This real form of love is meant to be the definition for all of our relationships... not just something we hear and think about at Mass.  So to that couple that was feeling a bit “stuck”, laying down their lives might not be as horrific as being nailed to a cross - but maybe, just maybe, she will put up with his being forgetful, he will put up with her nagging, they will forgive each other’s insensitivities not because “I have to”, or to keep the peace, or to avoid another fight...  but that’s going to be a way they serve each other – that’s a way they love Jesus Christ.  It’s a way they lay down their lives for Him...

    That can translate no matter where we are in our lives.  At the workplace - imagine loving that annoying coworker by doing them a favor, helping them on a project and realizing we’re doing that for Jesus Christ.  Or refraining from gossiping about them, even though we know it’s juicy, probably true and might even make us look better.  But refraining from doing that out of love for Christ.  There’s probably countless ways we can come up with “laying our lives down” for one another, loving one another that sure doesn’t look “romantic” and most likely isn’t easy, but brings our hearts into alignment with the heart of Christ.

    For you and I, who are drawn to this place, drawn to hear His word and receive His Body and Blood at this altar, we’ve already begun to experience His love for us.   We know that Jesus has loved us and called us in our baptisms to be His.  And so the Gospel calls us to go even deeper in that love.  To look for ways, to welcome the opportunities we can serve one another, lay down our lives for one another, knowing that He is the one we’re ultimately doing all that for.  Then perhaps we will not only move away from a “feeling” driven notion of love, but begin to experience Jesus’ presence throughout our days, throughout our lives.  And then find that far from leaving us orphan, He has remained the constant companion He promised us to be.


 A short homily this week, since I'm actually not "assigned" to preach this weekend and have been a little under the weather.  The readings for today's Mass - the FIFTH SUNDAY OF EASTER - MAY 22, 2011 can be found at http://www.usccb.org/nab/052211.shtml .  Thanks for reading and your feedback, as always is appreciated!  God Bless- Fr Jim

So we’re still here.

May 21 came and went.  There was no catastrophic earthquakes striking around the world at 6PM in each time zone bringing about the beginning of the end times.  Thank God...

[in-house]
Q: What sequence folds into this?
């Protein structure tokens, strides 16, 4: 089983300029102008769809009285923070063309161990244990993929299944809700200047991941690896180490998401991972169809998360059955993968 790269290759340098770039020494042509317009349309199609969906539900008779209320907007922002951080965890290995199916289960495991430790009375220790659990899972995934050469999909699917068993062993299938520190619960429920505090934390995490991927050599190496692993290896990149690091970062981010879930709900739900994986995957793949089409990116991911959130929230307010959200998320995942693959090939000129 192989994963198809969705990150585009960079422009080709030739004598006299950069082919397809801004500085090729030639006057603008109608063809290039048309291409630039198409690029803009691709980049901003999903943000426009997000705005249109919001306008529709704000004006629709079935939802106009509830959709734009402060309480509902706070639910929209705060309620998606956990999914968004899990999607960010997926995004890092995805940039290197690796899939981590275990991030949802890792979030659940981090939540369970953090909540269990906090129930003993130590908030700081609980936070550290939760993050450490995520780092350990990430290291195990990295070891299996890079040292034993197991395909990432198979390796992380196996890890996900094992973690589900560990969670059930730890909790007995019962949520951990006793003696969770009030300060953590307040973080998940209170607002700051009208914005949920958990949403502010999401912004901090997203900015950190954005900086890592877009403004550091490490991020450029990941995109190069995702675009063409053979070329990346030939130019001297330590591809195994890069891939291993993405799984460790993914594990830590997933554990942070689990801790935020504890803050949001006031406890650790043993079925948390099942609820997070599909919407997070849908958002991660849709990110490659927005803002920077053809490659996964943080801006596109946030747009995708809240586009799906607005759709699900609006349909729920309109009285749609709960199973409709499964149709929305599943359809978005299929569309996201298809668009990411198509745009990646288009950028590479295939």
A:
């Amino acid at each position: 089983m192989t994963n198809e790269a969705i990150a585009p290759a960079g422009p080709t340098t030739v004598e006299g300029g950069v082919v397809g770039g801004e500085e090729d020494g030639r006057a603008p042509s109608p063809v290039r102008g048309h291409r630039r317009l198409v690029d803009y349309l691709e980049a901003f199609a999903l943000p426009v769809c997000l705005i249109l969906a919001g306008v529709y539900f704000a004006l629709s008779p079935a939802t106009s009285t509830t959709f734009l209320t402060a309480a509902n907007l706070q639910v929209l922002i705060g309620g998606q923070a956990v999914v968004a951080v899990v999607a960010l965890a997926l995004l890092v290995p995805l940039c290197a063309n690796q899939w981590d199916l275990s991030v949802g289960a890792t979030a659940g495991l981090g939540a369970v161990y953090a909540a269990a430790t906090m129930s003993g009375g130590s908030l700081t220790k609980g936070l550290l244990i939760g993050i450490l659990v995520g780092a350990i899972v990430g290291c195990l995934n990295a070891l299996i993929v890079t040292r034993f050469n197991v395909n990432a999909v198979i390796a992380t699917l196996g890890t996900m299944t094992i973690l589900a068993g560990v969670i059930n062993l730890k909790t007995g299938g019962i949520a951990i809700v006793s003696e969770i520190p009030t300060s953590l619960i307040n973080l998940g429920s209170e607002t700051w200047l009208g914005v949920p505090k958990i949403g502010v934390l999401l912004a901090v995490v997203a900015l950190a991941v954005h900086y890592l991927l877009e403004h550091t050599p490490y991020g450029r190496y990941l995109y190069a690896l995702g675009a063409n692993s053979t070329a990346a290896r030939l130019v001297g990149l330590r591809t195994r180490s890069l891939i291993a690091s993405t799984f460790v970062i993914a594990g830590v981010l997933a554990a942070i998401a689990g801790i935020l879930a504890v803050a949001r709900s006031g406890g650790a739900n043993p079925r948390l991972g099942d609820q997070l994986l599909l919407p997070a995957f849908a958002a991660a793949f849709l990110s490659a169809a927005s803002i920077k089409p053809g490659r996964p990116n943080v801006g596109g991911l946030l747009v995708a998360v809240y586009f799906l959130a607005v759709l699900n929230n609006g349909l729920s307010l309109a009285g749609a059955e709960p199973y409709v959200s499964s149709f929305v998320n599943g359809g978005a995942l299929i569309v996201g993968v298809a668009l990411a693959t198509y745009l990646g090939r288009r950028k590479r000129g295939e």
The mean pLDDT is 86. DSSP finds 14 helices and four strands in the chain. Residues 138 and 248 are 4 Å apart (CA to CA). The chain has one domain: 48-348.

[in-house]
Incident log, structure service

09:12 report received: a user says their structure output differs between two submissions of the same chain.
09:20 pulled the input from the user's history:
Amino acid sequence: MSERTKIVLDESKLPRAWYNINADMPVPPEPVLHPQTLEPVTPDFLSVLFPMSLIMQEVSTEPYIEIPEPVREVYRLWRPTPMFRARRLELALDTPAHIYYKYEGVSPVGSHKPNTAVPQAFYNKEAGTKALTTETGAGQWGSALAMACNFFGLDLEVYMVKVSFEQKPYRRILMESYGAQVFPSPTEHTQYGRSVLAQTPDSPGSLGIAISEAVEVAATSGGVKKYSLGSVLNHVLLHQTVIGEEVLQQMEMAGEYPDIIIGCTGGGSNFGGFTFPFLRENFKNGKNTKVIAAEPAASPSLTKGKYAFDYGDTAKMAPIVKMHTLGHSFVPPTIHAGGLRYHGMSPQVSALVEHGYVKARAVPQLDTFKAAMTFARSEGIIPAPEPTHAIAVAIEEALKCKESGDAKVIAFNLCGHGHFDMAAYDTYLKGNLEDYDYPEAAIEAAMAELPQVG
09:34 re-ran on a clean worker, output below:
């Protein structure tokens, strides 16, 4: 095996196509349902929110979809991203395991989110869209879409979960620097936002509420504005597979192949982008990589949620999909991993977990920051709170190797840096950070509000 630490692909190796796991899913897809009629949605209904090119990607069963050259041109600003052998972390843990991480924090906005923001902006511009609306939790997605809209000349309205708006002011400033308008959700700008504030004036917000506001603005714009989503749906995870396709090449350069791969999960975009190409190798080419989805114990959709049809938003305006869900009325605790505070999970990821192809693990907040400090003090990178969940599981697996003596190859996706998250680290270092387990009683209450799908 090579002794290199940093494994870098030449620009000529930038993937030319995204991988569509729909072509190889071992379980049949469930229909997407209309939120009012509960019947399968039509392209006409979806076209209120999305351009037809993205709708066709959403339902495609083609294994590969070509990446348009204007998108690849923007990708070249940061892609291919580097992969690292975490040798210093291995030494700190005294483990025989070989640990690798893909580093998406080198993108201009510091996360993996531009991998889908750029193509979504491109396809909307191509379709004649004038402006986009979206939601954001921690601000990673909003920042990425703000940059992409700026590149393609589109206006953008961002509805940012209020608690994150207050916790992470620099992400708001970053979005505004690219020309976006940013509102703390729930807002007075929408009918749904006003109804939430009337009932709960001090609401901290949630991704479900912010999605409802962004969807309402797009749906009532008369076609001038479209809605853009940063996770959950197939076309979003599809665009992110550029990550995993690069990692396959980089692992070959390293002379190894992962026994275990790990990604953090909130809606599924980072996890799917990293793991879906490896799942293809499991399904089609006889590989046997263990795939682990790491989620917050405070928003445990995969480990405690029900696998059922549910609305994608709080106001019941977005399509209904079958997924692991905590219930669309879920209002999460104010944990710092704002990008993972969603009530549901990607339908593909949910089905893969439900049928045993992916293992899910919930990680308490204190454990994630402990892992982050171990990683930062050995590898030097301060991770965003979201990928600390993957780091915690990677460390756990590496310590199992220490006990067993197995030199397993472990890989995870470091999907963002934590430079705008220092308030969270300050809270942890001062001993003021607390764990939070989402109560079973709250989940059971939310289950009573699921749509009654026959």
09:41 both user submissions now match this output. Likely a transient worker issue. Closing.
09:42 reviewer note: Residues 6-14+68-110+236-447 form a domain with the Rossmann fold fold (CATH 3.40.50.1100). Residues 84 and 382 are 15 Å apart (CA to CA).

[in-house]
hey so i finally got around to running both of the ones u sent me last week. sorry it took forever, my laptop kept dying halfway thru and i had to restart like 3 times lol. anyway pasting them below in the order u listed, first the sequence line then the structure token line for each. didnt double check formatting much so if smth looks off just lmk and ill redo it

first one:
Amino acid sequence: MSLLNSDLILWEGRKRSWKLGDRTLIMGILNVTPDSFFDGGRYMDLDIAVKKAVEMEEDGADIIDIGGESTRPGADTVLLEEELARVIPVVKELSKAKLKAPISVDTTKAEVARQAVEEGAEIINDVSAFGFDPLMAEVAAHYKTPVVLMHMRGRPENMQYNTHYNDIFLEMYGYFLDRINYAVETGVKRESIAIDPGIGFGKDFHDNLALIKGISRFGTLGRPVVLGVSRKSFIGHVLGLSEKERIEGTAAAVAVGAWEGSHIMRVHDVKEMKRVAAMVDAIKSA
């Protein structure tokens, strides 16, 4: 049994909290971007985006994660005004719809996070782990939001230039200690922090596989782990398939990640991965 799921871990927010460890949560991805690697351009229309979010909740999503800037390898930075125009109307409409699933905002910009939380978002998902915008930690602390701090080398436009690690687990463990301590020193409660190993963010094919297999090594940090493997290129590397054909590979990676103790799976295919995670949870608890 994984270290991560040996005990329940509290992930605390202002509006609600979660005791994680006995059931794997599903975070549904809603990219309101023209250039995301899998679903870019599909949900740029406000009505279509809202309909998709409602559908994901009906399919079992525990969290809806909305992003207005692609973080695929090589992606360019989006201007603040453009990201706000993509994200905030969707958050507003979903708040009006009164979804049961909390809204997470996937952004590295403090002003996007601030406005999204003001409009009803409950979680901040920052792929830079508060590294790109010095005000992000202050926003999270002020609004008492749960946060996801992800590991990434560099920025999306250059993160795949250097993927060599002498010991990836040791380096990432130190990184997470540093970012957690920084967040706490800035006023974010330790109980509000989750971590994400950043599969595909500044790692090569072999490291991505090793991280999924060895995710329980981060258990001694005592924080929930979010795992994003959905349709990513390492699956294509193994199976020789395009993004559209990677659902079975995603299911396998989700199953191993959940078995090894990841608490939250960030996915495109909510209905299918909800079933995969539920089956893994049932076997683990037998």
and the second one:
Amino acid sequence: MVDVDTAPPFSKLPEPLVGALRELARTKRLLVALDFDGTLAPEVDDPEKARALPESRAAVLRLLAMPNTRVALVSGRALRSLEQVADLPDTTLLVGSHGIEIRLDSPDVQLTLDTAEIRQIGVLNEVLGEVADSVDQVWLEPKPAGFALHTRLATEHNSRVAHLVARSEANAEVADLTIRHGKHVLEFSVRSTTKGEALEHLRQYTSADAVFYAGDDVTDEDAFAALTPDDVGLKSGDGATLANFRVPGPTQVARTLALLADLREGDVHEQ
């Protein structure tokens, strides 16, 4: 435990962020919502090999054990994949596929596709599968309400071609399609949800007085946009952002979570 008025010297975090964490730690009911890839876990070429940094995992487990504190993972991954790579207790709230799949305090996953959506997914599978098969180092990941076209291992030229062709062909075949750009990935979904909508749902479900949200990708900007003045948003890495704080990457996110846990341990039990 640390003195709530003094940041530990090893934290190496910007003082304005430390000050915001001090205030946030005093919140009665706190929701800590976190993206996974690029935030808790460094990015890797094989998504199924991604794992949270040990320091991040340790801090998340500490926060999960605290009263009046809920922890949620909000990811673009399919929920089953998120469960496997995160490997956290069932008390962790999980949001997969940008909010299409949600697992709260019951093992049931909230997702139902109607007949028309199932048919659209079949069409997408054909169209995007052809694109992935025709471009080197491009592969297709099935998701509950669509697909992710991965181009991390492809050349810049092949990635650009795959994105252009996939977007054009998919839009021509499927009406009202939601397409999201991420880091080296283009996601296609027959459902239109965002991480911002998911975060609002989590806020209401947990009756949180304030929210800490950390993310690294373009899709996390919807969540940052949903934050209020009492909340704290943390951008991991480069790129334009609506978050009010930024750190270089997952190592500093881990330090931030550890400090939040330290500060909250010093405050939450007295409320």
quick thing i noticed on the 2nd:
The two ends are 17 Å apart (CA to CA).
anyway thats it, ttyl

And isn’t that what’s been lost in all of this hoopla, this quasi-hysteria about the Rapture?  Instead of focusing on Thanking God, which should be our daily prayer - the world has focused it’s attention on the rambling’s of one terribly misguided and end-of-times obsessed individual.

The millions of dollars in advertisements taking out warning people in a sense opened the followers of the apocalypse up for skepticism.  There were Front page covers around the world with mocking headlines.  The NY Daily News gave the entire front page to the words  “Buy This Paper!  If it’s the last thing you do” - the Star Ledger used over 3/4 of it’s top of the fold paper for a graphic “THE END IS HERE *or maybe not”.  I was even invited to a “Post-Rapture looting party” on Facebook.

One preacher, and his followers were able to get this type of world-wide attention (only now to fade into oblivion once the post-non-Rapture stories are boring and we’re intrigued by the next great media-creation) Some observers maintain that because of the rough economy, the numerous instability throughout the world that the belief that the world is coming to an end doesn’t seem that far fetched that this preacher, this message was able to gain momentum.

I don’t know.   The sad thing to me and the irony is that all of that over-emphasis on a mis-reading of the bible that no credible theologian or Church gave any credence too has been played to death and only helped add additional levels of skepticism, sarcasm, and doubt to some people’s fragile faith lives.  Helping them to discount the Gospel as unreal as the predictions of the rapture were.

Which is beyond sad, particularly hearing this Gospel.  Because if the realities that are affecting all of us which caused some of this fear-preaching, how much more do all of us need to hear the words our Savior speaks to us, lovingly saying:
Do not let your hearts be troubled.
You have faith in God; have faith also in me.